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Thread: Another Classical Atelier Thread

  1. #1
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    Another Classical Atelier Thread

    Yes! So it begins, my time at Atelier Stockholm! A week has now passed, and my first Bargue study is finished. I've also done a three hour figure drawing, which we were told to do "so that you can look back and laugh at it later". Also in this post: Bargue 2, work in progress.

    Bargue 1 - Idealized Profile
    Attachment 663827

    3 hour figure drawing
    Attachment 663826

    Bargue 2 - WIP
    Attachment 663824
    Last edited by Serpian; January 11th, 2010 at 07:28 AM.
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    nice!
    my new site, is crazy stuff but is my own space, I can say whatever!! hehe:
    http://theallejo05.spaces.live.com/?_c02_owner=1
    One of the art schools I respect the most:
    http://www.mimsstudios.com/philosophy.htm
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    The stuff looks really nice!

    You are making alot of process. I think you approach the right way to the countours/shapes with simple straight lines.
    Sorry for my poor english
    My life drawings
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    I'm glad you made a new thread for your atelier stuff. Going to keep an eye on this. Looks pretty good already!
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    Hi Serpian

    Did I read right that Atelier Stockholm has abandoned the use of sight size? how are you measuring instead?
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    Hi Serpian,

    nice start !

    It will be interesting to follow your journey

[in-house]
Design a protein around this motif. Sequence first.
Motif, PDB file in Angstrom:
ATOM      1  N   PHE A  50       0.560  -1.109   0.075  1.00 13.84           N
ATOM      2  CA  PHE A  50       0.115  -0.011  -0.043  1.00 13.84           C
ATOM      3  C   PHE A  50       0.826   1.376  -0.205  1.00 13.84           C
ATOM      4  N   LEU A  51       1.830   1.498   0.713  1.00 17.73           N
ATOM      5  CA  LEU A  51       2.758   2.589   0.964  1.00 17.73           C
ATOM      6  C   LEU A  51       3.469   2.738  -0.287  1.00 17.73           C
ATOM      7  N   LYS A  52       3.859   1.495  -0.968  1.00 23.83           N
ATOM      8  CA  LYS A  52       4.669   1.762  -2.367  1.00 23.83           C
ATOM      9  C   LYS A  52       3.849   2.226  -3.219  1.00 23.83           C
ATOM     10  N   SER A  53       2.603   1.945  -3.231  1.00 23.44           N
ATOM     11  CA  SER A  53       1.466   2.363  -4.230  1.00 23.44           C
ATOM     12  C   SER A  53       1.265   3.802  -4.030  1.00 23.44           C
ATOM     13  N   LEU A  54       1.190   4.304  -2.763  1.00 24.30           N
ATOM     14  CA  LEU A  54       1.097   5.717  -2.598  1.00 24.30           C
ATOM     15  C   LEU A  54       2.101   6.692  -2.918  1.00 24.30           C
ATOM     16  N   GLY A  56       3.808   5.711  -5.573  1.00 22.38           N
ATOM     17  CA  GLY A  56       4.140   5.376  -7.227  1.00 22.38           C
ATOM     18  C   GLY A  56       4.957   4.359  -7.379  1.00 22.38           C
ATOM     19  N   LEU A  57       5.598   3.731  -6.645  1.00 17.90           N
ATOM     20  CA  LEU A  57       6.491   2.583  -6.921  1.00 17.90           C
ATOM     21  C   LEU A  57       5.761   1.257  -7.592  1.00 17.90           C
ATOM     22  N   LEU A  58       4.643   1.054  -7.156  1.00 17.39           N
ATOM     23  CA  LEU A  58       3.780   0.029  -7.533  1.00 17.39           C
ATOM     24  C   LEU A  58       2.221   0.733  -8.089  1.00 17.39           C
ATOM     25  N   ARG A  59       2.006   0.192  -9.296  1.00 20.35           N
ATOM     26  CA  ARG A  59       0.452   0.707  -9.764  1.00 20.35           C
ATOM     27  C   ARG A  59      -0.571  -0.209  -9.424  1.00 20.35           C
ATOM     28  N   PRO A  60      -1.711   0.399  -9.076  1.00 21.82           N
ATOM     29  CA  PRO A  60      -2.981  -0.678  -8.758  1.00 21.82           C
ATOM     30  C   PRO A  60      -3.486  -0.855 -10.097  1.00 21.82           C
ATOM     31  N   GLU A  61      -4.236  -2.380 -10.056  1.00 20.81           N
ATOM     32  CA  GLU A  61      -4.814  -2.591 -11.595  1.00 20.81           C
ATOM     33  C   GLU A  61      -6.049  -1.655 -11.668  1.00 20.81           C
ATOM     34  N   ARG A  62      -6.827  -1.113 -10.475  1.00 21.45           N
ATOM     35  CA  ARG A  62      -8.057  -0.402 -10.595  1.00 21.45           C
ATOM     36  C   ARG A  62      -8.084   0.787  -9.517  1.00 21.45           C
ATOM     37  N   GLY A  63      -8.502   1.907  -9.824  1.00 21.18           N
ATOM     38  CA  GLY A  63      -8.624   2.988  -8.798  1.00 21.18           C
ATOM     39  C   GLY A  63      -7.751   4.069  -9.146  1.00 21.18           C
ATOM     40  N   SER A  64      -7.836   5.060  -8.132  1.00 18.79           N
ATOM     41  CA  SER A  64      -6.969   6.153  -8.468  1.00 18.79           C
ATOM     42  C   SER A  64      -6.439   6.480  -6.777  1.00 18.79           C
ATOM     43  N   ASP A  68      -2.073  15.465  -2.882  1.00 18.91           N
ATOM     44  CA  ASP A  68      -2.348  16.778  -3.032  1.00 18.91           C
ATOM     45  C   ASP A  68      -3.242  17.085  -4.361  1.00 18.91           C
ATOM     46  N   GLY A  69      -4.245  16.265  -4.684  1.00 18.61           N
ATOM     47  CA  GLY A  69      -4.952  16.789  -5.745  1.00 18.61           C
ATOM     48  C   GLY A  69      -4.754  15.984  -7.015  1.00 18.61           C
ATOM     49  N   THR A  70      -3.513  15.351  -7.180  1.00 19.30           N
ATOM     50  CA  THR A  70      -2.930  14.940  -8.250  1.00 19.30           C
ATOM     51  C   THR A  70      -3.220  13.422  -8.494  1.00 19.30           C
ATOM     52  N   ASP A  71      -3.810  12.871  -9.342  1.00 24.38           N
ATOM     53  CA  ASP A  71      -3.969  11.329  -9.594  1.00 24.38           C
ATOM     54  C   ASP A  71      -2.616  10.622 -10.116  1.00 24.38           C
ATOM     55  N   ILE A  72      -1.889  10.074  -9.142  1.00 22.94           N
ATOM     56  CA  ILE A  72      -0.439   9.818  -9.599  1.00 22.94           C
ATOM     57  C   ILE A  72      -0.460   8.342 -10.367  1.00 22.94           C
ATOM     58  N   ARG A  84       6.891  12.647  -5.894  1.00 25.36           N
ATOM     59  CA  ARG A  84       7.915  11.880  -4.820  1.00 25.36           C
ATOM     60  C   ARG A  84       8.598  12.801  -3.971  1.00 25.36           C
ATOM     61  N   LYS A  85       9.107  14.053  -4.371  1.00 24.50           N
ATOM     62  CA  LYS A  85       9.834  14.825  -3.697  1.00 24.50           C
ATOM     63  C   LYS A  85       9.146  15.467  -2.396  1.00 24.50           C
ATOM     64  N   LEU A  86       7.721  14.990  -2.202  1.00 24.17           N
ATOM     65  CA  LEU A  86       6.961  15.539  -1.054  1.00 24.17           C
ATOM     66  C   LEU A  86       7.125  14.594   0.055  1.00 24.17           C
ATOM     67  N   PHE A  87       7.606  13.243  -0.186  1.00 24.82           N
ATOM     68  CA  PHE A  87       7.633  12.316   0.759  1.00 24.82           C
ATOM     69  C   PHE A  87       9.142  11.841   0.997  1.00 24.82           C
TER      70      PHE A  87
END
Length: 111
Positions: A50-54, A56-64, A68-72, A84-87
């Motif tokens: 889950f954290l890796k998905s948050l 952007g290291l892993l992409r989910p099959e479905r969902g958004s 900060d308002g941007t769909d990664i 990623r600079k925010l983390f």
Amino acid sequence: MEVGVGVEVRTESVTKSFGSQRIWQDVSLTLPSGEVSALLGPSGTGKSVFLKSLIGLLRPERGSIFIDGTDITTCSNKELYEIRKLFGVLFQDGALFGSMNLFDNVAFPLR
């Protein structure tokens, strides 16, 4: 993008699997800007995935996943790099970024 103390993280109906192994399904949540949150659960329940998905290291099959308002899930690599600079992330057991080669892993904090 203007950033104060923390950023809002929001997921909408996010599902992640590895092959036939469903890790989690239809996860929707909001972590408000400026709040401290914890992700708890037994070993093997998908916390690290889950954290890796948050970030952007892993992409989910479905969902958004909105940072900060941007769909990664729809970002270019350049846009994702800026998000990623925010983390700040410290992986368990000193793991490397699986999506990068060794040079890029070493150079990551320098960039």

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    Apparently, yes - Hans, one of the teachers has come to the conclusion that sight-size is a limiting method. When he was a student he was taught sight-size, and he used it for many years, I believe, but then realized he didn't like it.

    We are being taught what he calls the comparative method, where, instead of always having the size of the picture and model to line up, one can draw any size in any position, as long as the proportions are correct. Hence, the comparative method. He argues that the sight-size method, contrary to popular belief, is not historical and wasn't invented until the 20th century. He also argues that using the comparative method, one can draw a model that isn't at eye-level, from any angle, distance and position.
    But the Bargues are still done pretty much sight-size, as they are 2D pictures that are put directly next to the paper. And I haven't done anything other than bargues yet, so I've not been taught the comparative method, and can't form an opinion myself. We're having a lecture on the different methods later in the semester.

    Read more about Hans' views.
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    Looks like your off to a great start, one of Hans former pupils is now my teacher, and I'm learning a ton. And you are studying in Stockholm, which is to me one of the most amazing cities in the world.

    I think sight-size is a solid tool for learning, but I'm not sure I'd want to use it as a working method later on, comparative measurement is a lot more flexible, especially for subject matter, like people, that have a tendency to move and fidget.

    I'm just a student myself, so I can't really comment on Hans feelings about sight-size as a teaching tool, but with regards to the origins of sight-size:

    He argues that the sight-size method, contrary to popular belief, is not historical and wasn't invented until the 20th century.